So far so good, but one issue with this lens' optics did surface that is worth mentioning. Out of focus highlights, which are all-important on a lens like this appear to show marks that may be from the way aspherical elements in the lens are produced. These marks sometimes show as concentric rings or lines, spoiling what would otherwise be perfectly rendered out of focus highlights. You'll not notice this issue photographing test charts, but it will soon become annoying in portraits and other areas of photography requiring the shallow depth of field you get at f/1.4. As aspherical elements are commonplace nowadays, this phenomenon isn't unheard of, although it is a shame to see it appearing in a lens that costs this much.

As you might expect from a Zeiss optic bearing the red T* nomenclature, contrast holds up very well indeed, even when shooting into the light. A huge metal circular hood is supplied with the lens, which does a great job of shading the lens from extraneous light that may cause issues. 

Zeiss Otus 85mm f/1.4 Apo Planar T* Sample Photos

Value For Money

Being priced at over twice the price of any 85mm lens from Canon or Nikon, including Canon's 85mm f/1.2L II USM lens, talking about value for money with this lens seems churlish, if not completely pointless.

There will be people who are more than happy to stump up the cash for this lens due to the Zeiss name and reputation that goes with it, just as there are people who will buy a Bentley, or Japanese cold-folded steel kitchen knives. To these people, this lens will probably represent as good value for money as their other luxury goods. However, the average photographer may be able to find other ways to spend their money. 

Zeiss Otus 85mm f/1.4 Verdict

There is no doubting that as far as combined performance in sharpness, CA and distortion are concerned, there is probably no equal for this lens. If you require an 85mm lens that is capable of rendering more lines in a millimetre than any other, then this is the lens for you.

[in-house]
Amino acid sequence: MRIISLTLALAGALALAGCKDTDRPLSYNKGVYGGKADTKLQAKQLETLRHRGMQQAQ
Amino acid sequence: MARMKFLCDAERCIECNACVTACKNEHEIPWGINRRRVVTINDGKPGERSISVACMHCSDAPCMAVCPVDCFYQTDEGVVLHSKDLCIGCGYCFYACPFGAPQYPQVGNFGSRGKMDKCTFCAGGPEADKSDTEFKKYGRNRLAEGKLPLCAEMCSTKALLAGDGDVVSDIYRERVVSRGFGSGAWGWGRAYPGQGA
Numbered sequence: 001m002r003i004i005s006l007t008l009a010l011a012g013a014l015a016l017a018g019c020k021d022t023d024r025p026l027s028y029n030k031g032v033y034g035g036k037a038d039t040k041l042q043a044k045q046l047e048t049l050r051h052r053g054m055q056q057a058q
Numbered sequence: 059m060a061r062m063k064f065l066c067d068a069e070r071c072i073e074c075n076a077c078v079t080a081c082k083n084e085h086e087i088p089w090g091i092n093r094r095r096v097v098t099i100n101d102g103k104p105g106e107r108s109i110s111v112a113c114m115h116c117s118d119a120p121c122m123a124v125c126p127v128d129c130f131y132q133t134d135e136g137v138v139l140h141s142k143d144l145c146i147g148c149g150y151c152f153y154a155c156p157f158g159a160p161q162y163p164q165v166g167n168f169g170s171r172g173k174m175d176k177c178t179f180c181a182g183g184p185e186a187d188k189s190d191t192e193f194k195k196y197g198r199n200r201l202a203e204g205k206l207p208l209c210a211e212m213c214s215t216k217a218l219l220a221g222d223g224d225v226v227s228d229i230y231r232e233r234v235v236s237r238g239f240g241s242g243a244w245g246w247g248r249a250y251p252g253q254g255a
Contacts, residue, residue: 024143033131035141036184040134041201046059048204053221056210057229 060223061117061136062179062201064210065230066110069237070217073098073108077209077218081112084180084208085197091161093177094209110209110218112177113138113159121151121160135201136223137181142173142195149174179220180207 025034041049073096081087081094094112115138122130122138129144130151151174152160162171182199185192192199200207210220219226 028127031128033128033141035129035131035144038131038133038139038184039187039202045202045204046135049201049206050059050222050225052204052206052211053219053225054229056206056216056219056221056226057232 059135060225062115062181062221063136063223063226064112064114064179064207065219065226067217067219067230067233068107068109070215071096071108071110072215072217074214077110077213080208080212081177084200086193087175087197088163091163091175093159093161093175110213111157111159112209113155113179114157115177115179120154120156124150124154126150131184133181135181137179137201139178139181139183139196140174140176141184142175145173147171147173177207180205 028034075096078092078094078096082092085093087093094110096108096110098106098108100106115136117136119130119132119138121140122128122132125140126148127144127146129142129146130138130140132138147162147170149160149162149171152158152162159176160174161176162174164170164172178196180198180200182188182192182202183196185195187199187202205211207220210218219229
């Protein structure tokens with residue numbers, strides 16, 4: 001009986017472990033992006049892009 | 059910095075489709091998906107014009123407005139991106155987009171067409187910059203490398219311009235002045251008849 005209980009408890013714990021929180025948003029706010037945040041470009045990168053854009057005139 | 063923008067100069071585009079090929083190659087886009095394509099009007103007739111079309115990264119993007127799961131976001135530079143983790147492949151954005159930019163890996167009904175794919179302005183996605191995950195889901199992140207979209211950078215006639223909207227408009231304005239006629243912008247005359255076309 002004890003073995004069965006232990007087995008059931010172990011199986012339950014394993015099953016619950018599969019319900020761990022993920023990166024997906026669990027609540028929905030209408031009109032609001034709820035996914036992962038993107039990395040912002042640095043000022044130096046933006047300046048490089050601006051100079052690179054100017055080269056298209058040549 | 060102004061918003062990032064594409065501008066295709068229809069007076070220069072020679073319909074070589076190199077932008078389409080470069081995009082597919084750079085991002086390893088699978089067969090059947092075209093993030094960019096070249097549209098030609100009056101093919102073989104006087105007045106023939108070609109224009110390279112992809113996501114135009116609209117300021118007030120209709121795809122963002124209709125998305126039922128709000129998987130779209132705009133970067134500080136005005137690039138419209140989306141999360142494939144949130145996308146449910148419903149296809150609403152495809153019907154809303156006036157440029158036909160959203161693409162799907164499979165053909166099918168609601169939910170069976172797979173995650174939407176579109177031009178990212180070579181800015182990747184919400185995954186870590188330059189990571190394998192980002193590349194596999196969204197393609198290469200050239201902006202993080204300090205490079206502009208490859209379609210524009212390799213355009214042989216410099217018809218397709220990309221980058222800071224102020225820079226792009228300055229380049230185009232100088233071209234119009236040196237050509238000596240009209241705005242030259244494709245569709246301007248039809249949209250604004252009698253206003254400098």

However, those with more artistic, or practical uses for this lens may find the inability of the Nikon version of this lens to work with the camera's electronic rangefinder a serious stumbling block, and the way out of focus highlights are rendered - a deal breaker, even before the £3220 price is taken into account. On the other hand, you may never notice the concentric rings in out of focus highlights, and will simply enjoy the excellent clarity delivered by this lens.

There is plenty going for this lens, but it will pay to take its limitations and quirks into account, to be sure they don't clash too much with your shooting style, and the work you wish to produce. 

Zeiss Otus 85mm f/1.4 Pros

Excellent sharpness, as you'd expect from a Zeiss optic
Smooth manual focus action
Metal construction
Good contrast and control of flare
Low CA
Negligible distortion

Zeiss Otus 85mm f/1.4 Cons

Concentric rings/parallel lines in out of focus highlights
Does not like to work with electronic rangefinder in Nikon cameras used for testing
Huge size



Zeiss lenses are available from the following Zeiss dealers.

Zeiss Otus 85mm f/1.4 Apo Planar T* Specifications

Lens Mounts
  • Nikon F
  • Canon EF
Focal Length85mm
Angle of ViewNo Data
Max Aperturef/1.4
Min Aperturef/16
Filter Size86mm
35mm equivalent85mm
Internal focusingYes
Maximum magnificationNo Data
Min Focus80cm
BladesNo Data
Box Contents
Box ContentsNo Data
HeightNo Data

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themak 9 1.1k Scotland
27 Jan 2015 2:59PM
Think I'll make do with my humble Nikkor 85.
lemmy 15 2.9k United Kingdom
27 Jan 2015 11:14PM
Put a cheap UV filter smeared with vaseline on this and it woukd make quite a nice portrait lens.
dudler Plus
19 1.9k 1950 England
1 Feb 2015 9:33AM
This is probably a lens that had to be made, but I doubt they'll sell many...

Having bought a Zeiss Planar 85mm f/1.4 for my Alpha 900 last summer, I was marginally miffed when Zeiss announced an 'even better' lens - and reading the review, it probably isn't, in reality.

Yes, sharper, and with fewer aberrations - but slow and heavy compared with the lovely AF of my Planar - or indeed compared with my 1977-vintage Planar on my Contax, which works wonderfully with the Contax microprism screen for accurate manual focus...

A bit like a Ferrari - under perfect conditions, perfect. On the street, in the folk club... Something smaller and lighter, more agile and economical will actually outperform it in a lot of ways, in practice.
Mocha1 11
9 Aug 2021 3:59PM
Why would you take an Otus lens and test it on a D600? It`s like taking a Ferrari to a go-cart track. Ridiculous.
dudler Plus
19 1.9k 1950 England
9 Aug 2021 4:24PM
Times have changed since GW reviewed the lens. Although the D800 existed in 2015, 24mp was very much the norm...